Today I bring you the final installment of a four-part series from my guest, Sarah. When I published my post, Have We Made Attachment an Idol, she wrote a comment so insightful and beautiful that I asked her to develop it into a guest post. That post was so rich that I asked her to expand it, and before we knew it, we had a four part series. I am very honored that she is entrusting her story to me – it is tender, raw, and hopeful.
When I read Lisa’s post about attachment being an elusive idol within the adoptive community I wrote to her. I wanted to quietly, gently suggest to her and the group of adoptive mama’s who have done *the work that it is okay to let go of the expectation of a warm and secure attachment. That it is okay to put that expectation down. It is okay to let go of the crushing feelings of shame – the feeling of being a complete failure. Your child has a role to play here – they have the right to decide – with their heart, their mind and their spirit if they are going to attach to you or not. You, adoptive mamas, also get to make this same decision.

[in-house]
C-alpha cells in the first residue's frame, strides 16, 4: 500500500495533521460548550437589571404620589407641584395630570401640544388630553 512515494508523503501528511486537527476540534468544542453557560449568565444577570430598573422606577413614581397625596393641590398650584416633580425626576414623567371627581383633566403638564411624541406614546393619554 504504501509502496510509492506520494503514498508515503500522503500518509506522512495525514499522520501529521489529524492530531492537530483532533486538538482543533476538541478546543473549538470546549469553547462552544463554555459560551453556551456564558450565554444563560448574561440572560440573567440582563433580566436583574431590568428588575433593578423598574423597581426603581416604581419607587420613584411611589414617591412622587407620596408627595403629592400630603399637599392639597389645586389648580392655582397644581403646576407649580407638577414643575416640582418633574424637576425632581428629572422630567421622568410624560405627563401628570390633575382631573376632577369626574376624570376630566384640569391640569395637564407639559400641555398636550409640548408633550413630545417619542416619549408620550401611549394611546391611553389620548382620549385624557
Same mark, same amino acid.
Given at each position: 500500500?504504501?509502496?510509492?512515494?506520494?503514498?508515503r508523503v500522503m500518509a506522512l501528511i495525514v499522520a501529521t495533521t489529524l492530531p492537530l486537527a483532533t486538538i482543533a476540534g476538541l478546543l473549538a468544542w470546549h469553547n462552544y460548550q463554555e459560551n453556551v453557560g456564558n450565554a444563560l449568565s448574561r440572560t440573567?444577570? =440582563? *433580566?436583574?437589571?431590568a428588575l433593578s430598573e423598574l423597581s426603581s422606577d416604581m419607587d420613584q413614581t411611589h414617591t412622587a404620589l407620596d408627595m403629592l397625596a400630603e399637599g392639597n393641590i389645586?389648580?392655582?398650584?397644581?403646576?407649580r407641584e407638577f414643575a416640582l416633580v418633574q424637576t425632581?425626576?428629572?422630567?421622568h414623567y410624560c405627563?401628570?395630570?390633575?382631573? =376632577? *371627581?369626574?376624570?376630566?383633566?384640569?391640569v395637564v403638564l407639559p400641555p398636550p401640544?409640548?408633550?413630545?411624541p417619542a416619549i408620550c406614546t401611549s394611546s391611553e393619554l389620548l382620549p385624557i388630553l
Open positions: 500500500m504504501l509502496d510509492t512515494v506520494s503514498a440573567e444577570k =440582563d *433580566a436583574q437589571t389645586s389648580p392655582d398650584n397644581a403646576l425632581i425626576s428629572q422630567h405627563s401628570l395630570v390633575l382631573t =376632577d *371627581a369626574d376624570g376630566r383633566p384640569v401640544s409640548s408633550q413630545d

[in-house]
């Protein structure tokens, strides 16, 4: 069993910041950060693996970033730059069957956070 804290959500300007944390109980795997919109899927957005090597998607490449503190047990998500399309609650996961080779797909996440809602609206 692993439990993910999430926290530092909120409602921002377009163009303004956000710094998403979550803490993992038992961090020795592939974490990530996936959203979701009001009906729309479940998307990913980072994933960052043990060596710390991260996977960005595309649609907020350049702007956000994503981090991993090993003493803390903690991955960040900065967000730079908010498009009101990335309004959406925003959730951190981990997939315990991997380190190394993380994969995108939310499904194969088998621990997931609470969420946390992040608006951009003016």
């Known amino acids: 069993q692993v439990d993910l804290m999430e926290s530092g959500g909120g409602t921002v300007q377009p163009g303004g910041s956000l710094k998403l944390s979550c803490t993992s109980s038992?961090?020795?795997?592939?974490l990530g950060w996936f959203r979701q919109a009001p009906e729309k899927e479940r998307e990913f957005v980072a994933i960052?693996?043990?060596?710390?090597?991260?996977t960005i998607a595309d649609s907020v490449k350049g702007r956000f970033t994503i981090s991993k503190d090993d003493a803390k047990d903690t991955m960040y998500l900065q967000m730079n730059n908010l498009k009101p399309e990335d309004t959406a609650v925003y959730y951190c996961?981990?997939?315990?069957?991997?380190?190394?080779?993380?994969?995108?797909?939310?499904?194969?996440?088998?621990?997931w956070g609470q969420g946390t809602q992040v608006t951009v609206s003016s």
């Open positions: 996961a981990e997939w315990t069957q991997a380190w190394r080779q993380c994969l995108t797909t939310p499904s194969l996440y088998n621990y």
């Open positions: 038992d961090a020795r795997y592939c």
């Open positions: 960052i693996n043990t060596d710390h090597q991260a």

The healing that needs to happen to allow our children to trust, to love, to be loved is not within our control. We must do *the work, we must then let go of the outcome.
How a child copes, processes and makes sense of their life-story is variable. I know and love folks that have been adopted who are the most intact, resilient and loving people. I call these folks ducks. When the hard stuff of life comes flying at them it just rolls right off. You will not have too much work to do if you are parenting a duck. However, many of us are more like porcupines – the hard stuff gets thrown and it sticks to us, gets stuck in us. Scares us. Changes us. If your child is more like a porcupine then you will have more work to do. (And just to complicate matters even more, I would bet that many kids who have been adopted are actually porcupines masquerading as ducks).